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Economics & Markets

Drivers and detractors for Australian property prices

By Diana Mousina
Economist - Investment Strategy & Dynamic Markets Sydney Australia

On the surface, some figures suggest property prices haven’t been taken a huge hit from COVID-19, while others suggest a short-term collapse. For us, it’s the fundamentals which have always impacted property prices that hold the likely answers.

CoreLogic data from April showed Australian capital city dwelling prices rose by 0.2%. This follows a 10.2% decline over 21 months to June last year, and means average prices have now had their tenth rise in a row.

A superficial glance would suggest property prices haven’t been too hard hit by COVID-19. However, it’s important to remember that there is a lag in data, and we will start to see the true impact in the coming weeks and months.

One of the clues to what the short and mid-term holds for property prices is auction clearance rates. Data is signalling a fall is ahead, as you can see from the charts below. These guides aren’t as reliable as normal due to the unprecedented restrictions with social distancing, but they still provide an indication of how auction clearance rates and home price growth can correlate. Note that data released this week indicates a spike – for the week ending May 9, Sydney recorded a clearance rate of 65.4% and Melbourne recorded 46.7%. These figures are still below average, but not as drastically below average than previous weeks.

graph 1
Sources: Domain, CoreLogic, AMP Capital
graph 2
Sources: Domain, CoreLogic, AMP Capital

We can now see the government intends to start re-opening dormant parts of the economy in the next two months. Physical inspections and auctions across Australia should gradually phase in as a result. While this is a welcome sign of activity, there are other factors to consider which have historically driven property prices in capital cities, especially in Sydney and Melbourne.

For one, a stop to immigration (in the absence of a vaccine) is likely to persist beyond the gradual lockdown lift. For now, prime minister Scott Morrison has marked restrictions on international travel as one of the last things to ease.1 Immigration is a strong contributor to house price growth in Australia. Just a few months ago, for example, a study found immigration can boost Australian house prices by as much as $6,500 per year.2

Further, a sharp rise in unemployment to approximately 10% and rent holidays/reductions point to property demand falling more than supply. This is a critical equation, and currently, it poses a big threat to property prices.

The outlook so far

If the domestic lockdown starts to be eased through this month, as has been announced, our base case is we expect then the fall in average property prices is likely to be around 10%, as the six-month wage subsidies and bank payment deferrals will have been long enough to protect the economy and hence the property market. In effect, this would just take prices back to where they were around the middle of last year.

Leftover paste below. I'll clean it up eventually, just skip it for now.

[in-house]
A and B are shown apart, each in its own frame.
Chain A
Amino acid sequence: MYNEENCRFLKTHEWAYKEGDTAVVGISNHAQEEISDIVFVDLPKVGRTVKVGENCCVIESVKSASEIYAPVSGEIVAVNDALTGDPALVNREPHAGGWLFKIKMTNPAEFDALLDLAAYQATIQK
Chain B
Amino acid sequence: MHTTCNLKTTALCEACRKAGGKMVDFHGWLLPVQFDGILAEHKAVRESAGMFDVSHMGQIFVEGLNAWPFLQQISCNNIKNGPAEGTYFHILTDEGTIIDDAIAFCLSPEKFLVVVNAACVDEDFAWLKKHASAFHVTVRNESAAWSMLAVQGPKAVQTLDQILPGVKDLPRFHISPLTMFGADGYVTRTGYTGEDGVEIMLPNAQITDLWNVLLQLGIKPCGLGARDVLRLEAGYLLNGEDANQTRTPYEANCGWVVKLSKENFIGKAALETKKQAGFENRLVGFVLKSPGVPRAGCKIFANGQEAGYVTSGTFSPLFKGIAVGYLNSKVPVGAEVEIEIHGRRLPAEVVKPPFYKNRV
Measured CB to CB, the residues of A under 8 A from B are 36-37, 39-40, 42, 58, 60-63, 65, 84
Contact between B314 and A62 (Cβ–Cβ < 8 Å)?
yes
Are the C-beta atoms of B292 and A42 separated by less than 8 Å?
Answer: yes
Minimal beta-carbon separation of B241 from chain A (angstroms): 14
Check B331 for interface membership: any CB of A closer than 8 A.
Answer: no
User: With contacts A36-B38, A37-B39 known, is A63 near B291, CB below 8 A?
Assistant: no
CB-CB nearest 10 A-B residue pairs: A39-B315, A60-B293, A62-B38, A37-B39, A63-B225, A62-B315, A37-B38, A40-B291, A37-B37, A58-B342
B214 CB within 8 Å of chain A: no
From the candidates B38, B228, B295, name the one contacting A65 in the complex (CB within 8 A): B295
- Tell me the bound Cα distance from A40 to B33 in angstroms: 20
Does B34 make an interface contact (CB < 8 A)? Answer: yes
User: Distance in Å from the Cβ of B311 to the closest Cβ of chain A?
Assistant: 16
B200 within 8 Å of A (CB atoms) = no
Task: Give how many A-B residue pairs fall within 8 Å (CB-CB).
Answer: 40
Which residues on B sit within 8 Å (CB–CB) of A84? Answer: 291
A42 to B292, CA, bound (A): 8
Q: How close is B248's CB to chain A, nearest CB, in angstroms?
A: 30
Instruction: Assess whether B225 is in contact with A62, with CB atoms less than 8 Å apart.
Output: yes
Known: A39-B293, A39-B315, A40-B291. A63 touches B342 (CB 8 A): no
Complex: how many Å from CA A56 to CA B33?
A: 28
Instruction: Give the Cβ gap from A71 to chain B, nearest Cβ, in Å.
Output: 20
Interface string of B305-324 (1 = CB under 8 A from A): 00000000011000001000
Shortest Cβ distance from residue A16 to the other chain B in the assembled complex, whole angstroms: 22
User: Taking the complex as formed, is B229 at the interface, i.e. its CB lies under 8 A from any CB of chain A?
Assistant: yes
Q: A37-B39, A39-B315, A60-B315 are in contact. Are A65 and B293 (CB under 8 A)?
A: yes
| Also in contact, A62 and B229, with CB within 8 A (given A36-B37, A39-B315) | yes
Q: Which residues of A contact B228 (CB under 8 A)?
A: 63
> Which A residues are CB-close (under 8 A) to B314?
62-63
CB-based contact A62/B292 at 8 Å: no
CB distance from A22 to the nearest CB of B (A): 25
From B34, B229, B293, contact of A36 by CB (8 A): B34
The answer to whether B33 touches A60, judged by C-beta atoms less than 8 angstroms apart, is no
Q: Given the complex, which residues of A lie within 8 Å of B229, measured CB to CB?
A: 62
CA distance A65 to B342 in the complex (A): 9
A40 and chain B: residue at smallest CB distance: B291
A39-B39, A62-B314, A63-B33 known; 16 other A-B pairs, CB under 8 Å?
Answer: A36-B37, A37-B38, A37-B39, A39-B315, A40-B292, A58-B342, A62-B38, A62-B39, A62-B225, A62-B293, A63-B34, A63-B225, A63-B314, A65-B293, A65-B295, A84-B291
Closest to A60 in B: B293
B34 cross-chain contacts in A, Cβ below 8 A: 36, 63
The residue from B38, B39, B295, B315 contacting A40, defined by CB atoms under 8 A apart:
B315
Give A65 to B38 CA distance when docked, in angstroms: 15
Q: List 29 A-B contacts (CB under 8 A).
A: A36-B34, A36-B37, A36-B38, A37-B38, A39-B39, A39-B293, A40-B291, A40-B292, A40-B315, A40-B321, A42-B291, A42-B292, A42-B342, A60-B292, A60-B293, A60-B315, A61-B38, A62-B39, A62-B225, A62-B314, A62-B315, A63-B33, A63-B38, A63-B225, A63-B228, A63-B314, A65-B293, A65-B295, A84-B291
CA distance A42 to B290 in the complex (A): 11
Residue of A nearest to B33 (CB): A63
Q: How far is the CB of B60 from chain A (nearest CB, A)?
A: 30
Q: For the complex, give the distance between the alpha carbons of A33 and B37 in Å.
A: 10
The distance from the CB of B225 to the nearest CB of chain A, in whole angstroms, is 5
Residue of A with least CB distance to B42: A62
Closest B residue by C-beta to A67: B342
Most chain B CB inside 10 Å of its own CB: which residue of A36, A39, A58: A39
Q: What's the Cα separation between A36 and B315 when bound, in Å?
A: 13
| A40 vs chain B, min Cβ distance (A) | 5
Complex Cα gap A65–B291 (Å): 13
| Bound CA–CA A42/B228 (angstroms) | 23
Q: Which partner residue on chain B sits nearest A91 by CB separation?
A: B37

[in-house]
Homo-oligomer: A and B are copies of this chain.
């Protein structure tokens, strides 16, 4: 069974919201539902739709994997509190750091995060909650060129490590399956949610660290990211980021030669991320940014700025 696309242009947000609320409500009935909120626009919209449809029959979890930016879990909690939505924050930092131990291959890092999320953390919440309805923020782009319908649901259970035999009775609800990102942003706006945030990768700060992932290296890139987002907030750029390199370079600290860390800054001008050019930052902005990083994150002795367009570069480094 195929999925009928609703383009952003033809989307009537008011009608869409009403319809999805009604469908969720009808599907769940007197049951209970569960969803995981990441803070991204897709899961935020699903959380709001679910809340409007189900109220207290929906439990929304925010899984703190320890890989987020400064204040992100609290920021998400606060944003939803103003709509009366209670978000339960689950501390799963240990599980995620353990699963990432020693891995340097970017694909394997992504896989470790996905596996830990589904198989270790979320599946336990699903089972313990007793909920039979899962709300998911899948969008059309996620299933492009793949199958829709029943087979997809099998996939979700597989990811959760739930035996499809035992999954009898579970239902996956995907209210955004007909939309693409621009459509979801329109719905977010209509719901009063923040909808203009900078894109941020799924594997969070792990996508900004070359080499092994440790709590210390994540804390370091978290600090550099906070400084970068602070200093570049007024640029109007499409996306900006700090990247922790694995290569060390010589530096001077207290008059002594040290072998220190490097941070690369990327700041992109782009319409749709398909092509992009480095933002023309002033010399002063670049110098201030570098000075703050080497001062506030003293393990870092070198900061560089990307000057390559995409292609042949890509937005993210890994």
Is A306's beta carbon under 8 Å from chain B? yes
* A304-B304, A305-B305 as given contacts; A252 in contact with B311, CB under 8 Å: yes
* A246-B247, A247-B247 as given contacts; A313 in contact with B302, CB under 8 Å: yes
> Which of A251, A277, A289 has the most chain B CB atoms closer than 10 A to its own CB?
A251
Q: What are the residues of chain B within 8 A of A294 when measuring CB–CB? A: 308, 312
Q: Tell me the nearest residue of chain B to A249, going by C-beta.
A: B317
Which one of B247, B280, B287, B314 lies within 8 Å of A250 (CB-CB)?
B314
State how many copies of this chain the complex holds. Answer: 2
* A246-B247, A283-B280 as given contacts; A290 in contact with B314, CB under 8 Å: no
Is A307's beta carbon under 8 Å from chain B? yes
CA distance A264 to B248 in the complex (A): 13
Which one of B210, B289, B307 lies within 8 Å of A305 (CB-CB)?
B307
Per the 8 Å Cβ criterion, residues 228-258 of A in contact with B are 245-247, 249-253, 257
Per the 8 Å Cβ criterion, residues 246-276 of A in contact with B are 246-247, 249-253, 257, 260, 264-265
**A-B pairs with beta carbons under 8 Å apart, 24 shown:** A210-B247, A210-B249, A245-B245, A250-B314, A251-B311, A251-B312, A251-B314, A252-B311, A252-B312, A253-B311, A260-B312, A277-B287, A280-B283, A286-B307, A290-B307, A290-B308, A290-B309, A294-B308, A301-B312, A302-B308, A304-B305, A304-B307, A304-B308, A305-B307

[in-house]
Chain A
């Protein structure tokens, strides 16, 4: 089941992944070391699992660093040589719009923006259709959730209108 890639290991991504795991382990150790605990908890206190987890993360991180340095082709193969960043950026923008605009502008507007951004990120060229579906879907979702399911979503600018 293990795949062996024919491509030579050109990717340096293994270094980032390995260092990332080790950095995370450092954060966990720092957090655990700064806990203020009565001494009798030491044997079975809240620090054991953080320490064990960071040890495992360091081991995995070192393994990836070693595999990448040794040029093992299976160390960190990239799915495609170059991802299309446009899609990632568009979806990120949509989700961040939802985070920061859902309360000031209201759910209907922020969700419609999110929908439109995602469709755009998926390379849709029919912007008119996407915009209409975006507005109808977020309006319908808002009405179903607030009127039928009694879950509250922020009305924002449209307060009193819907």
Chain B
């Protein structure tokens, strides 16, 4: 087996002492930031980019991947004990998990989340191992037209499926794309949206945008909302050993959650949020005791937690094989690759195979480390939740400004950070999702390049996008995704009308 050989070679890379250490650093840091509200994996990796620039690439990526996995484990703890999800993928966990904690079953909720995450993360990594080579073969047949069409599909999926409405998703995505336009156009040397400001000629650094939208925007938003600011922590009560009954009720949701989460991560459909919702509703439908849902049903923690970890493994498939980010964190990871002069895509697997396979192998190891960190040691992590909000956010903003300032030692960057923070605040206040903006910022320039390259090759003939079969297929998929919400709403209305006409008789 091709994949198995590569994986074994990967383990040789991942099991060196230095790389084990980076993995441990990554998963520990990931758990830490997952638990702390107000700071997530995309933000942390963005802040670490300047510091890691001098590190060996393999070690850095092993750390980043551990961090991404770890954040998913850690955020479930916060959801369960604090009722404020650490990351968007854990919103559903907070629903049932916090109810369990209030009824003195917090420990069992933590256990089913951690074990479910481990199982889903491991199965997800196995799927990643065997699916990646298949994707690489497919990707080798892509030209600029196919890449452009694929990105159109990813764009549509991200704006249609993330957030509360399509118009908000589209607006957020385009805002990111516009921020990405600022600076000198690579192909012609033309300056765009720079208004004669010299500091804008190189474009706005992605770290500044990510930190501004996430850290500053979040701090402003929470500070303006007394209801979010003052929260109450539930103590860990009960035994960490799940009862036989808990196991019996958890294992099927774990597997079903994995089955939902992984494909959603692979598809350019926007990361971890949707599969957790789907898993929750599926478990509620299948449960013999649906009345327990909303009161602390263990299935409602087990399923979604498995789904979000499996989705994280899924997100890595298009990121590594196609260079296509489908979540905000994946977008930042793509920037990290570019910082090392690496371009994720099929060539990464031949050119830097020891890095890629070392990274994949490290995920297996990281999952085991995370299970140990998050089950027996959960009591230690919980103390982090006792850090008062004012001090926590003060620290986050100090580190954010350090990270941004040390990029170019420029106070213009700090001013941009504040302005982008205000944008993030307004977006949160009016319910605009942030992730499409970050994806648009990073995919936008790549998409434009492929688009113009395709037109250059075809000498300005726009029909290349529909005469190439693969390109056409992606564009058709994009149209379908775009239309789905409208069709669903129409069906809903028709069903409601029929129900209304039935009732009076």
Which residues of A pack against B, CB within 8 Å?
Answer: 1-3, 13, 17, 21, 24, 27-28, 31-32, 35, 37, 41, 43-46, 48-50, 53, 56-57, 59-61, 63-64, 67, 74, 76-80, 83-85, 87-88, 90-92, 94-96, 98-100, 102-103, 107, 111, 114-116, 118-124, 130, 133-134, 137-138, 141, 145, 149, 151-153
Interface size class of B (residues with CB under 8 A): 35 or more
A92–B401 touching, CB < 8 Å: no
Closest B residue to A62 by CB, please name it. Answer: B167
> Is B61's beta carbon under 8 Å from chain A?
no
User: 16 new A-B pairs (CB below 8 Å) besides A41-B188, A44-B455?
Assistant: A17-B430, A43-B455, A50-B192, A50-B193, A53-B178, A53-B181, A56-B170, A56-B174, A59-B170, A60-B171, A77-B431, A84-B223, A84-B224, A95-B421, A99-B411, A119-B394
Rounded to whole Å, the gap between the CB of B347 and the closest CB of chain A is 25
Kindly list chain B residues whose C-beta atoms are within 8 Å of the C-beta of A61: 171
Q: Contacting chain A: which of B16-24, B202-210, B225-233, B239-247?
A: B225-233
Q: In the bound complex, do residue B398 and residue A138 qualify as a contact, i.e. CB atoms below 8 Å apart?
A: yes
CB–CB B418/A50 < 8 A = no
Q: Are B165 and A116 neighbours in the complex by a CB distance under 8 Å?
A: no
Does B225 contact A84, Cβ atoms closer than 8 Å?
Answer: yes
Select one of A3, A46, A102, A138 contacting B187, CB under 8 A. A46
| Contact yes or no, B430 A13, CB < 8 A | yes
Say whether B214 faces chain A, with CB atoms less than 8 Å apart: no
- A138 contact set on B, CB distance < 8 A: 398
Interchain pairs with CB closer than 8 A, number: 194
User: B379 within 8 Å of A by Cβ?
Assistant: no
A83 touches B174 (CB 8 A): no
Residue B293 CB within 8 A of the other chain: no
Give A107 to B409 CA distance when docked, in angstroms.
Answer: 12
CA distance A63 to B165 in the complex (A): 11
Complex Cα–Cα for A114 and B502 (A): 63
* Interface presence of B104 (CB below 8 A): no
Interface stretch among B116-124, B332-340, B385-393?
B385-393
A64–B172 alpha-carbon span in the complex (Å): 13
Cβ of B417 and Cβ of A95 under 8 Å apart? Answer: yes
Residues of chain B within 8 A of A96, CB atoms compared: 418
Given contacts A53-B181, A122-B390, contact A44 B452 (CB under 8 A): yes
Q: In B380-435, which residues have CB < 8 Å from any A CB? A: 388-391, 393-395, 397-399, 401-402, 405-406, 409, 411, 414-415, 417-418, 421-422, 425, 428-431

It's important to note the above figures would likely mask 10% to 15% price falls in Sydney and Melbourne, compared to 5% falls in other cities. These cities are more vulnerable due to much higher debt levels, higher home prices and a greater dependence on immigration.

There are many ways to slice and dice the figures, but the fundamentals remain the important things to watch, especially and as always, supply and demand.
 

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Diana Mousina, Senior Economist
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Important notes

While every care has been taken in the preparation of this article, AMP Capital Investors Limited (ABN 59 001 777 591, AFSL 232497) and AMP Capital Funds Management Limited (ABN 15 159 557 721, AFSL 426455)  (AMP Capital) makes no representations or warranties as to the accuracy or completeness of any statement in it including, without limitation, any forecasts. Past performance is not a reliable indicator of future performance. This article has been prepared for the purpose of providing general information, without taking account of any particular investor’s objectives, financial situation or needs. An investor should, before making any investment decisions, consider the appropriateness of the information in this article, and seek professional advice, having regard to the investor’s objectives, financial situation and needs. This article is solely for the use of the party to whom it is provided and must not be provided to any other person or entity without the express written consent of AMP Capital.

 

This article is not intended for distribution or use in any jurisdiction where it would be contrary to applicable laws, regulations or directives and does not constitute a recommendation, offer, solicitation or invitation to invest.

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